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Sometimes you have to let yourself feel

Are you using your mobile devices as just another way to ignore your true feelings

Surveys have shown that technology is causing us all more stress

Everyone agrees that millennials are an overwhelmingly “plugged in” generation. Eighty-five per cent of millennials own smartphones, and most of them sleep with their phones beside them in bed. I am one such millennial.

Surveys have shown that technology is causing us all more stress. But according to a recent study by the University of Cambridge and another recent study by the University of Southern California, millennials are even more stressed out by technology than older generations are. Moreover, a 2014 study out of California State University suggested that millennials regard not being around their smartphones as a major anxiety trigger.

Every day, I probably hear at least one person complain about their phone, their inundated inbox, or the fact that they’re reachable all the time.

We know our existence of hyperconnectivity is exhausting, and ostensibly we yearn for a more balanced relationship with technology. But in technology’s absence, we tend to feel afraid. What is the cause of this stress? What are we really afraid of missing out on?

In my personal experience, mindlessly relying on my phone and computer has been a useful, albeit insidious, way of avoiding uncomfortable feelings.

In my own life, I noticed this habit when I quit smoking cigarettes last year.

Around that time, a yoga teacher advised me to meditate on what I was feeling during the moments when I craved a cigarette. I realised that I wanted a cigarette most intensely when I had nothing to distract me from the discomfort of simply being with myself.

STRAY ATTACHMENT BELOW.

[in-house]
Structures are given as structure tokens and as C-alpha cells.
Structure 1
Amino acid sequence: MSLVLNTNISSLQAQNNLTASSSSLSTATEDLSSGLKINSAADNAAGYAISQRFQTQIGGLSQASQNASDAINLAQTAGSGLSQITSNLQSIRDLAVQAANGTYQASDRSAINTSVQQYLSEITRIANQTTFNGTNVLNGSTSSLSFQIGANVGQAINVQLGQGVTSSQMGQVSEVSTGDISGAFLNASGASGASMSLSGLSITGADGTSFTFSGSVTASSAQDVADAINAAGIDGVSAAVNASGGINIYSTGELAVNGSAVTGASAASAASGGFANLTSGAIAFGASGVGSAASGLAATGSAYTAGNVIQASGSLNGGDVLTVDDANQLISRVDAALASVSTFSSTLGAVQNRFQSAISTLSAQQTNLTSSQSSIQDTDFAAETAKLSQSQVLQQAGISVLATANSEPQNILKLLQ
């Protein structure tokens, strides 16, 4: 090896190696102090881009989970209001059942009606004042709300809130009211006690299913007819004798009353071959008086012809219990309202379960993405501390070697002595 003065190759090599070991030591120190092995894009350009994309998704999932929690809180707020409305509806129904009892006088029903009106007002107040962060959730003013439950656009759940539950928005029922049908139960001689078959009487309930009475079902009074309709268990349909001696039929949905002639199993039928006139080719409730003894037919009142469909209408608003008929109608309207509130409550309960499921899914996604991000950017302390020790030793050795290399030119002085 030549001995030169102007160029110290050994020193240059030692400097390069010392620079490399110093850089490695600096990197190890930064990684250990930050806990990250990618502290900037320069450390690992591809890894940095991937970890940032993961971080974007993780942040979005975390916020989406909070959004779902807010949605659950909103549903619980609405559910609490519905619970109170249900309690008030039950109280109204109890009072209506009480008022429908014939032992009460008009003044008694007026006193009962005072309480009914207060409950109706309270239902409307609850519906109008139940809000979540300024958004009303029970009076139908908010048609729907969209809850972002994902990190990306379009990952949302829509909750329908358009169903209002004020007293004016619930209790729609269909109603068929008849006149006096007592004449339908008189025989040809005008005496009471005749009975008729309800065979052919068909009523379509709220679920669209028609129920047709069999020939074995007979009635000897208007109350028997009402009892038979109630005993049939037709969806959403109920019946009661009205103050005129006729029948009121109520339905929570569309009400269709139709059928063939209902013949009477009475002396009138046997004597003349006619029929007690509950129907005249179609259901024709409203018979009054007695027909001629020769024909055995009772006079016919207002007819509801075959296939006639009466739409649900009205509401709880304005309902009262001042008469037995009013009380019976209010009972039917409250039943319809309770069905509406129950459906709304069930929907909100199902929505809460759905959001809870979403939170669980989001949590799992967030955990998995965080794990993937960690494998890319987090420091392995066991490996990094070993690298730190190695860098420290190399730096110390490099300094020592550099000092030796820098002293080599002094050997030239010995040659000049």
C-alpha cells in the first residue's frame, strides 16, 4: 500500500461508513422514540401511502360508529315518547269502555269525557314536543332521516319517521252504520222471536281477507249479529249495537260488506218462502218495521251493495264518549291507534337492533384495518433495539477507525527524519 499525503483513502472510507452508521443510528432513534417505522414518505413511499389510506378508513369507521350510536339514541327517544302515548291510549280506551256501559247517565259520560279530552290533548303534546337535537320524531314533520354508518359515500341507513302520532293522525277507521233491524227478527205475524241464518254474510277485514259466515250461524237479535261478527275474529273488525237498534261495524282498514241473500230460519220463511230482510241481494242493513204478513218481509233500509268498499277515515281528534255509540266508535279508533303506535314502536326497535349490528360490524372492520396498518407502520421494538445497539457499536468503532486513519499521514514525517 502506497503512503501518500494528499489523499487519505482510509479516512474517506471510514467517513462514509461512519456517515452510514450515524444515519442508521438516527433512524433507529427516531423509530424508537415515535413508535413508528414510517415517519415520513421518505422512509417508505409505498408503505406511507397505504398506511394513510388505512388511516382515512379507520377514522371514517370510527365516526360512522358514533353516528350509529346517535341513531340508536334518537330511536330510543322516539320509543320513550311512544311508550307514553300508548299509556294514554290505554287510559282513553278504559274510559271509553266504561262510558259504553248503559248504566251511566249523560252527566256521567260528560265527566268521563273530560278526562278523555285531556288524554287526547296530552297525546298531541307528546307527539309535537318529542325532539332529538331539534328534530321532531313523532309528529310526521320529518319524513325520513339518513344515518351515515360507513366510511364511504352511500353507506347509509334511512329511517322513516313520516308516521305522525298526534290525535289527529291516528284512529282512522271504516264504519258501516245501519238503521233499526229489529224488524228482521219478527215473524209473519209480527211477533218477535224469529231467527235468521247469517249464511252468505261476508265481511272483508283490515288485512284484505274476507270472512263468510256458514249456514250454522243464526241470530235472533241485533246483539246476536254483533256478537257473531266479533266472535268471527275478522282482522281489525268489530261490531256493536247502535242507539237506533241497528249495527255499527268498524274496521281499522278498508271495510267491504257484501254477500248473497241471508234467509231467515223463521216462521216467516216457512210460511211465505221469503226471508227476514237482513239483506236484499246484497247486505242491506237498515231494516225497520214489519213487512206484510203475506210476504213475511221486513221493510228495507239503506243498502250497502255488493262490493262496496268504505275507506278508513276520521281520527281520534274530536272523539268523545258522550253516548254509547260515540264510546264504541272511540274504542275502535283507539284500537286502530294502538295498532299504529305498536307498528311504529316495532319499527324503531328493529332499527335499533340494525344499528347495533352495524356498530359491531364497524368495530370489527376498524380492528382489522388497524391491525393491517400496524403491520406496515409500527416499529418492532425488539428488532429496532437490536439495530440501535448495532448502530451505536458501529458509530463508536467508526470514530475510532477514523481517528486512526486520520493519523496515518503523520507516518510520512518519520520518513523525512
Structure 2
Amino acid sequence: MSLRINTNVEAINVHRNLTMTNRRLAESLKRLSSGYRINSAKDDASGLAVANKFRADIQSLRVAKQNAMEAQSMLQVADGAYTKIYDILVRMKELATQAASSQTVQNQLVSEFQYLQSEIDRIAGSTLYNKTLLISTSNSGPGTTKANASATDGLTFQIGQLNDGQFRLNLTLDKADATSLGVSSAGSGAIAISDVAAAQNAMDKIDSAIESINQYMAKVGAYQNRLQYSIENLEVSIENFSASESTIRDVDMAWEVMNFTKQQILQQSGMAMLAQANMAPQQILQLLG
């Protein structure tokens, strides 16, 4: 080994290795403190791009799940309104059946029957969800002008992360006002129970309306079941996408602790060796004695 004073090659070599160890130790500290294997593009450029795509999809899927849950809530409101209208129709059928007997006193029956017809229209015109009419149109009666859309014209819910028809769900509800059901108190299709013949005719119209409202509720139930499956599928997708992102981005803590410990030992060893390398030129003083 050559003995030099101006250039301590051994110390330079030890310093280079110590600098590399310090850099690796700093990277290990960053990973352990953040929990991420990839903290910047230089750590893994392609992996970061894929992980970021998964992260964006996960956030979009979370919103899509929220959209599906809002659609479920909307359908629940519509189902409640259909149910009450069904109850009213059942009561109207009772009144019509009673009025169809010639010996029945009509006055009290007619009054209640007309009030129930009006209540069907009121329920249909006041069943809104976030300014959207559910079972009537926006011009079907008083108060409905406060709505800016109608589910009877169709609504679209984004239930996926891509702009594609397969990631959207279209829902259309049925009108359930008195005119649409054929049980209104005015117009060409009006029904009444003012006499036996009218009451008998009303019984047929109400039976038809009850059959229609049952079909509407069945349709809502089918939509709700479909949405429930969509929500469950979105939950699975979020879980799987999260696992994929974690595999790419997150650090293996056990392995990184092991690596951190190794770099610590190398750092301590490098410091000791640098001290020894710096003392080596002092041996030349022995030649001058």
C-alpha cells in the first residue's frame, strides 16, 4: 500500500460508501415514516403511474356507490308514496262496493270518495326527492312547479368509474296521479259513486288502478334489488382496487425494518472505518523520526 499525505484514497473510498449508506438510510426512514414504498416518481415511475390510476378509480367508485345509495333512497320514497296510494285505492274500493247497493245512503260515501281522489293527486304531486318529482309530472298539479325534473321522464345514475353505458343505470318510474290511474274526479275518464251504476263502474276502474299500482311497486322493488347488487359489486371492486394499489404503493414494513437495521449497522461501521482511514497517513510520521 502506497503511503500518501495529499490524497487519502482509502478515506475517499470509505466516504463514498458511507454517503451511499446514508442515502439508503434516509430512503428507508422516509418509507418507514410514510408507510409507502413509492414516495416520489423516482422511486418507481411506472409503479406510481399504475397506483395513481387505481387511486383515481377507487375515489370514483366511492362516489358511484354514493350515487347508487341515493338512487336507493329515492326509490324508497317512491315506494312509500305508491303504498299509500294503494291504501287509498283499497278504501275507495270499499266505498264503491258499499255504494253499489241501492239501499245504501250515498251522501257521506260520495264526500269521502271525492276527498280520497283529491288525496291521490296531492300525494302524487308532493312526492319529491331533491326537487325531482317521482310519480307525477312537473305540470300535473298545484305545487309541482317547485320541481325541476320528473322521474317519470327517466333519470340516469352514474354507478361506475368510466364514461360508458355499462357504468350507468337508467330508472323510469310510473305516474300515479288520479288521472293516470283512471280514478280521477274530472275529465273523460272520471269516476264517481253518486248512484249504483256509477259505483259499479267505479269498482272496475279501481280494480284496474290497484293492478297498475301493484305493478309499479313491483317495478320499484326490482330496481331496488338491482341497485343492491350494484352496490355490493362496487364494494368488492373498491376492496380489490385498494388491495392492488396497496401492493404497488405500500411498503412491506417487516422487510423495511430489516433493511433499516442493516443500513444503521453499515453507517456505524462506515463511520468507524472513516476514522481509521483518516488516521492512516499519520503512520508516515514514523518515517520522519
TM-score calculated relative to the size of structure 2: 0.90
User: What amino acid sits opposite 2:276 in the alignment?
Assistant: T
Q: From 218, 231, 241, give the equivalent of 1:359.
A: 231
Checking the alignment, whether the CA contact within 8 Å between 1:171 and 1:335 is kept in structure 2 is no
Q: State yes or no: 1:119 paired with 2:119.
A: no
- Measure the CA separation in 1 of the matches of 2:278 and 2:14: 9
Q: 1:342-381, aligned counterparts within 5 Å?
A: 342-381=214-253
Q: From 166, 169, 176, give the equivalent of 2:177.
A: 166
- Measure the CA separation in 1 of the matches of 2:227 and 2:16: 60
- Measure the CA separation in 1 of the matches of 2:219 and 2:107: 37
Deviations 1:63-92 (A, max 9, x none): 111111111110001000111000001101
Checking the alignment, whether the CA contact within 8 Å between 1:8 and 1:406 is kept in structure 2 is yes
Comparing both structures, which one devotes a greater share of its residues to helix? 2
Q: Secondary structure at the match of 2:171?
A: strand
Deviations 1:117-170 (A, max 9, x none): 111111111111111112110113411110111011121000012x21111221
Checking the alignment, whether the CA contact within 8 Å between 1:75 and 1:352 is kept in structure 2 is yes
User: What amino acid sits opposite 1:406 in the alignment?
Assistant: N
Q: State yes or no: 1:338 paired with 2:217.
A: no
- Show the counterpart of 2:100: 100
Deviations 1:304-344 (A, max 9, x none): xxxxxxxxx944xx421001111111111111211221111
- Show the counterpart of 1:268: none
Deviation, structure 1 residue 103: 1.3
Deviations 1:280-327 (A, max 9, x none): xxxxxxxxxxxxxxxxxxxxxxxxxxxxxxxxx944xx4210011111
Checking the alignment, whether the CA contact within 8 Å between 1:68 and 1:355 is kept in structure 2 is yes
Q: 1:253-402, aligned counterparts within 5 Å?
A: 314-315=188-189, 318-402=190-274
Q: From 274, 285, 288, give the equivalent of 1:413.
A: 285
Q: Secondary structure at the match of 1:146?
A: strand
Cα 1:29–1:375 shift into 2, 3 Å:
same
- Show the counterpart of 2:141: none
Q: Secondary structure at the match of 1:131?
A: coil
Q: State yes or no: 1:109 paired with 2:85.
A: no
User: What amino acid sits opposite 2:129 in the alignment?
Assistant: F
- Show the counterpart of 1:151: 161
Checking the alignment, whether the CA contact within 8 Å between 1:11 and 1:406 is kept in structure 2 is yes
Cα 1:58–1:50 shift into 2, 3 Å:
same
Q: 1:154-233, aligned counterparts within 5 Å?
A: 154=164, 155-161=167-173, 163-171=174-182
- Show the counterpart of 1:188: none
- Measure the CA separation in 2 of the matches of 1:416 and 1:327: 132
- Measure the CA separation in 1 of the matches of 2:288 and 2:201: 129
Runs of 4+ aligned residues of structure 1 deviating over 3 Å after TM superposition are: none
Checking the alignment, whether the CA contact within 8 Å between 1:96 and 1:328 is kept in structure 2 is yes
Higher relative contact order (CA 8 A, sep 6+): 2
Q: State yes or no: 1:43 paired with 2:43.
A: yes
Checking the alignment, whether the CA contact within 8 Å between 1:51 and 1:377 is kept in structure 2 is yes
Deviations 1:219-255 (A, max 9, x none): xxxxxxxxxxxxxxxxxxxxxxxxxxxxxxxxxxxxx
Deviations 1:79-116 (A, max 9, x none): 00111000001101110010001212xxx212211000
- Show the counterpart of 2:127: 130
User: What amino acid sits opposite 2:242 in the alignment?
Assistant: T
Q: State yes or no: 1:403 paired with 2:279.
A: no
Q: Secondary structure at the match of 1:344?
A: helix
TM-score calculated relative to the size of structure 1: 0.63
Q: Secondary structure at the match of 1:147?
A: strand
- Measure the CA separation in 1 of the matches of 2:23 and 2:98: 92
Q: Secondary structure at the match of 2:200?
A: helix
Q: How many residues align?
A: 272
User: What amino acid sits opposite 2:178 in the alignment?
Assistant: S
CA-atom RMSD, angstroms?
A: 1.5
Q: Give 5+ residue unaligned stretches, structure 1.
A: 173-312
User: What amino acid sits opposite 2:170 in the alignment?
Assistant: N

In those weeks after making my decision to quit smoking, I found my anxiety nearly insurmountable. My reaction certainly was not to practise mindfulness and explore the feelings that were coming up for me in each moment.

Instead, I found myself completely glued to my phone in the moments in which I’d typically want a cigarette.

In enabling us to avoid ourselves, our phones allow us to look away from anxious feelings instead of trying to resolve them.

It’s possible, and often necessary, to write a memo or lengthy email in the midst of feeling lonely or angry at a friend. But mindlessly refreshing your email or smoking a cigarette will not eradicate the loneliness or the anger.

That doesn’t mean, however, that we’re all stuck between a metaphorical rock and a hard place when it comes to reconciling difficult feelings with the demands of our to-do list.

Work-life balance is about noticing those moments in which you really don’t want to deal with yourself. If you’re sad at the office, give yourself permission to feel that way. Allow your feelings to exist long enough for you to realise that they’re not permanent. – (Copyright Harvard Business Review 2016)

Charlotte Lieberman is a New York-based writer and editor